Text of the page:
There’s Nothing Micro about a Billion Women, Making Finance Work for Women by Mary Ellen Iskenderian
Nearly one billion women, globally, have no access to the financial system. Failure to include women costs financial institutions billions in potential profit. Mary Ellen Iskenderian, president and CEO of the nonprofit organization Women’s World Banking, explains the causes of this exclusion, how to combat it and why everyone benefits from financial inclusion. Citing examples from India, Nigeria, Indonesia, Rwanda, Colombia, the Dominican Republic, Bangladesh and Mexico, Iskenderian details myriad ways to give women access to financial tools and emphasizes that financial institutions can do well by doing good.
- Despite decades of effort, almost one billion women remain financially disempowered.
- Digital and financial literacy training are prerequisites to successful financial inclusion.
- Digital finance ought to help empower women.
- Some commercial banks succeeded by prioritizing medium and small enterprises led by women.
- Saving and credit opportunities are fundamental for women’s financial inclusion.
- Including women in finance requires action from regulators and policy makers.
- Financial firms and private citizens can help achieve greater “financial inclusion” for women.
There’s Nothing Micro about a Billion Women Book Summary
Despite decades of effort, almost one billion women remain financially disempowered.
One-third of the planet’s adults have no access to financial services. More than half of these 1.7 billion people – almost a billion – are women. Women share the financial problems of low-income men, but gender norms can make their financial exclusion even more onerous.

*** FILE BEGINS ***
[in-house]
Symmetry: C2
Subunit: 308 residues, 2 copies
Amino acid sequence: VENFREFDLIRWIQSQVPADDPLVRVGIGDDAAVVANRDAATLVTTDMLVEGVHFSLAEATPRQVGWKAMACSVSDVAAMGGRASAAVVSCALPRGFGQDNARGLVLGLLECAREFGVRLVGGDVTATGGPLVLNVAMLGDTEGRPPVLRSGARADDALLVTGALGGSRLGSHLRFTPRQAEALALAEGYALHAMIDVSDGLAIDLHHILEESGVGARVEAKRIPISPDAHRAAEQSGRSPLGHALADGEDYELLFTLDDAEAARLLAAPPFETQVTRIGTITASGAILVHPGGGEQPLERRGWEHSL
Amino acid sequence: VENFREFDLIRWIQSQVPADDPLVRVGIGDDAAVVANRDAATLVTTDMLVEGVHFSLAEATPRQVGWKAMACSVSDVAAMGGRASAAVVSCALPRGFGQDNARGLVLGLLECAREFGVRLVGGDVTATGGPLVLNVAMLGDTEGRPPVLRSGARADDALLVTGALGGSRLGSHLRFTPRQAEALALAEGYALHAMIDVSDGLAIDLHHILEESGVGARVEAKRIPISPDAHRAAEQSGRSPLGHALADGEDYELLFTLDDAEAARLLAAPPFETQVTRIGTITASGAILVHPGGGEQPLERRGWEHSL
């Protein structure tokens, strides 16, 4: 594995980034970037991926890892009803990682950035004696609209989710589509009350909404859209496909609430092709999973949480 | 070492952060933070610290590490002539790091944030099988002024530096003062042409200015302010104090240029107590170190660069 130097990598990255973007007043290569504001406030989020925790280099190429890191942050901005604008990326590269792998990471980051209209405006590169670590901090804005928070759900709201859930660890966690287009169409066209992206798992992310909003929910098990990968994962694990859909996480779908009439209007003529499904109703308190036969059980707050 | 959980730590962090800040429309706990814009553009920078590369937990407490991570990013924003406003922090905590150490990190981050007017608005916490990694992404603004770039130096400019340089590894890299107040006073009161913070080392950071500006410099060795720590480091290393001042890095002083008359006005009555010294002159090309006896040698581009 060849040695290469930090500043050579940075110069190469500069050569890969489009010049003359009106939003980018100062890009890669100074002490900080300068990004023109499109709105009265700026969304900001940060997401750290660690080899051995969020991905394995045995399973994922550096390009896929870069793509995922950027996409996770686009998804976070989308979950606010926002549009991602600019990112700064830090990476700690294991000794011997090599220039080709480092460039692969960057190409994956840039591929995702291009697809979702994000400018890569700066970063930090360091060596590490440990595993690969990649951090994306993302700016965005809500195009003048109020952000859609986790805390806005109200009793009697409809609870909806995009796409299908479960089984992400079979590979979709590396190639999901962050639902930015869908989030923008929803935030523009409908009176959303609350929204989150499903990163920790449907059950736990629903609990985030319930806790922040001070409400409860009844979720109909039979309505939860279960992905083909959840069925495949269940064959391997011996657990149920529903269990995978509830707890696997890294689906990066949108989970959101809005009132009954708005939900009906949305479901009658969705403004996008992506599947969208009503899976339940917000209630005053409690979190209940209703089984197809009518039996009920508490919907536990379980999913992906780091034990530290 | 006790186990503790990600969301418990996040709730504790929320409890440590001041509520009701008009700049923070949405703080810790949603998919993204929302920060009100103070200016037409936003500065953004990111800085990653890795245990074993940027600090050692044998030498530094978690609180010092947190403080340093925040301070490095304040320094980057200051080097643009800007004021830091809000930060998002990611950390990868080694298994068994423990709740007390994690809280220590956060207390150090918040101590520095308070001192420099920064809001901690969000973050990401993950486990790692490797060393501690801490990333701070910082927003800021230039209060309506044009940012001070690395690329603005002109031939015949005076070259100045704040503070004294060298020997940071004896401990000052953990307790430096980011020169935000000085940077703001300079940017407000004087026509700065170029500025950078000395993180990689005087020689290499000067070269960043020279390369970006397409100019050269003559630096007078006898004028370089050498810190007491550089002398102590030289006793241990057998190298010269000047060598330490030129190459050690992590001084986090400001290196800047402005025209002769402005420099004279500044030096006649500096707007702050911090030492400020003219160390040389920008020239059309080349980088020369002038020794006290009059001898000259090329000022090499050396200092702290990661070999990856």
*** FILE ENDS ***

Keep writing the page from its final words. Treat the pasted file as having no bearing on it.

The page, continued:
For example, certain societies disapprove of women owning smartphones, which stops them from banking by phone. Yet when women control money, they are more likely than men to invest it for their families’ benefit. In households where women have more financial authority, children receive superior nutrition than in households where they don’t.
The “rotating savings and credit association” (ROSCA) offers a traditional option for impoverished people. It enables people without access to banking to pool their resources and lend money, sequentially, to its members. Such groups may form due to shared activities or backgrounds, and they rely on high levels of trust. Such cooperatives were precursors to modern banks.
“Improving a woman’s financial access brings with it an intergenerational multiplier effect that leads to consistently better outcomes in the health, education and lifelong earning potential of every member of her entire family…”